As a big fan of the idea that artistic trends make so much more sense when you take a step back, I very much recommend this article in the “Guardian” that uses Skyfall as an entrypoint into a discussion of the “New Serious”.
Beneath humanity’s mood swings, a self-correcting pattern can be detected. The laughing cavaliers beget Cromwell’s roundheads, who in turn beget the Restoration’s libertines. Edwardian buoyancy morphs into Great War despair. This delivers the roaring 20s, which bring forth the despondent 30s. Frivolity, it can be conjectured, is intrinsically wearing and eventually boring: it produces a backlash of its own accord. By this reading, we should have been due for a period of pensiveness about now, even without the debacles that have beset us.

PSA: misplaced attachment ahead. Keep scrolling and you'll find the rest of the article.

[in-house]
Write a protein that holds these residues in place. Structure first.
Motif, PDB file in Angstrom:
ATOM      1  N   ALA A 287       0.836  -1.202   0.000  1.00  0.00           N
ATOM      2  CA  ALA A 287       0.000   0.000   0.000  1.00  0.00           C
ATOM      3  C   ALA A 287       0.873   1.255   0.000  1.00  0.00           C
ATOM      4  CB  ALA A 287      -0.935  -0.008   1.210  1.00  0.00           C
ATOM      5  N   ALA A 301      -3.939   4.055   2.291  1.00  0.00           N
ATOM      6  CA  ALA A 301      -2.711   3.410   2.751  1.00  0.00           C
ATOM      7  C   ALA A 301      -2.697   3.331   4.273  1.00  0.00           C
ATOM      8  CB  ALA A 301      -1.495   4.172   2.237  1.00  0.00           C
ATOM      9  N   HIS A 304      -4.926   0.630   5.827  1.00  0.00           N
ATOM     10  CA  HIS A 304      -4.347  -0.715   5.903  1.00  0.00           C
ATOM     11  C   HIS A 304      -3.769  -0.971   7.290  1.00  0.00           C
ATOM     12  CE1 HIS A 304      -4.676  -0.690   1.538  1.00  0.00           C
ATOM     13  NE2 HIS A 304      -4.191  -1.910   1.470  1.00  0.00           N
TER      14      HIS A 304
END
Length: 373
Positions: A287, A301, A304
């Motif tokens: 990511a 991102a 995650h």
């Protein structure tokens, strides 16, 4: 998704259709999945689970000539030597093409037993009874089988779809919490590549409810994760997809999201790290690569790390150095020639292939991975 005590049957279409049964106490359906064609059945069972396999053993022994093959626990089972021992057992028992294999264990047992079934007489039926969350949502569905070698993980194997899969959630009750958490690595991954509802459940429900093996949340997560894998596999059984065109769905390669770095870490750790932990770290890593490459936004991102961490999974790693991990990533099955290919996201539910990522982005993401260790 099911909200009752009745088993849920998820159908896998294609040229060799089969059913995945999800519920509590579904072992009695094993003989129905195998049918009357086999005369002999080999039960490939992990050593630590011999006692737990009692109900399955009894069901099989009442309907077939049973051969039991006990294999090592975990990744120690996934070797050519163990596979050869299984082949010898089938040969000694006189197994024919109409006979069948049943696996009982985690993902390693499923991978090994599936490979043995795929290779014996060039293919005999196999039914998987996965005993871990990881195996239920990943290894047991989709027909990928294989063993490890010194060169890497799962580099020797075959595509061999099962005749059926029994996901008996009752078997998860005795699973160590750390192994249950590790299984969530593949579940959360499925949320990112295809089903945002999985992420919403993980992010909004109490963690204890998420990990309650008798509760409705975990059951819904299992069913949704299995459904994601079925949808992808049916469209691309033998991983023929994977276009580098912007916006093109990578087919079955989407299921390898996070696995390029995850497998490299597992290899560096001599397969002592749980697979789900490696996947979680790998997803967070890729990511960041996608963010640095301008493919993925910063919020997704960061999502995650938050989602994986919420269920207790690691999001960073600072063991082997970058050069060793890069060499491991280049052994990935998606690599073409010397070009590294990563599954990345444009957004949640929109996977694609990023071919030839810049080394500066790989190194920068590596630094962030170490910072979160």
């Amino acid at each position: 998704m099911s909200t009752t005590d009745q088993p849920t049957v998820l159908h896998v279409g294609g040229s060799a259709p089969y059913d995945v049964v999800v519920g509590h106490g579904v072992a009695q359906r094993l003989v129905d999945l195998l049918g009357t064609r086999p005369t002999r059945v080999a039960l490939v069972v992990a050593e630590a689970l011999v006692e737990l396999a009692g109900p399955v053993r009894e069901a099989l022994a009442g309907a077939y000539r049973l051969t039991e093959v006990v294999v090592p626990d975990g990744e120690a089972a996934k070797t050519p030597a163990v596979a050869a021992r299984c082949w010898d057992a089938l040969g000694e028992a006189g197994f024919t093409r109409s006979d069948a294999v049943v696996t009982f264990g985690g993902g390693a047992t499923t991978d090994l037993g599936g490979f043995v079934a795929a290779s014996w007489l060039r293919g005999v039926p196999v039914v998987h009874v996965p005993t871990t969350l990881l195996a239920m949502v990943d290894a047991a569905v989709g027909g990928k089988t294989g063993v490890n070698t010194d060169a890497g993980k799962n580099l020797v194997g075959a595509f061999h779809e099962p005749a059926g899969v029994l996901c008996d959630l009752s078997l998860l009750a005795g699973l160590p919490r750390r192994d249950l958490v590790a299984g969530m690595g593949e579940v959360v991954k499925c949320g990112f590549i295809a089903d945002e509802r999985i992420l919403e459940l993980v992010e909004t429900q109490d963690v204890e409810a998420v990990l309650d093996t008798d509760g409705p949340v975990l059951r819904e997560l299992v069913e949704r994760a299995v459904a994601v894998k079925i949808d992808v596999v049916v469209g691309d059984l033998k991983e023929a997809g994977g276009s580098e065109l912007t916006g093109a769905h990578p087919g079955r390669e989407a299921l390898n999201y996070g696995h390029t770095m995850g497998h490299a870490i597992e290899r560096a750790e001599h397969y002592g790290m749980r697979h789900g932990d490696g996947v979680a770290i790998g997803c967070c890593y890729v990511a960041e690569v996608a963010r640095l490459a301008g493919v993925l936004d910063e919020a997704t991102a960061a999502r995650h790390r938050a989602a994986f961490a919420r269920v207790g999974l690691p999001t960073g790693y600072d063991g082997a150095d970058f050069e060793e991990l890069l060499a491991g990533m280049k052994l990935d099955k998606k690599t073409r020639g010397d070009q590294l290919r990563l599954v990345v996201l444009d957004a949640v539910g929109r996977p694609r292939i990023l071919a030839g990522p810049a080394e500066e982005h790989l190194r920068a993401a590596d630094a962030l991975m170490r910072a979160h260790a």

– David Cox
Personally, I thought Skyfall was probably one of the prettiest Bonds ever, but I could have done without the over-psychologising. I liked James Bond a lot better when he was an almost mythic cypher without much of a past. On the other hand, I loved the first half of Skyfall for the succesful exploration of the new continuum set up by Casino Royale. Can you have one without the other? Believable universe-building without putting too much weight on the shoulders of the characters? That is probably a topic for another blogpost.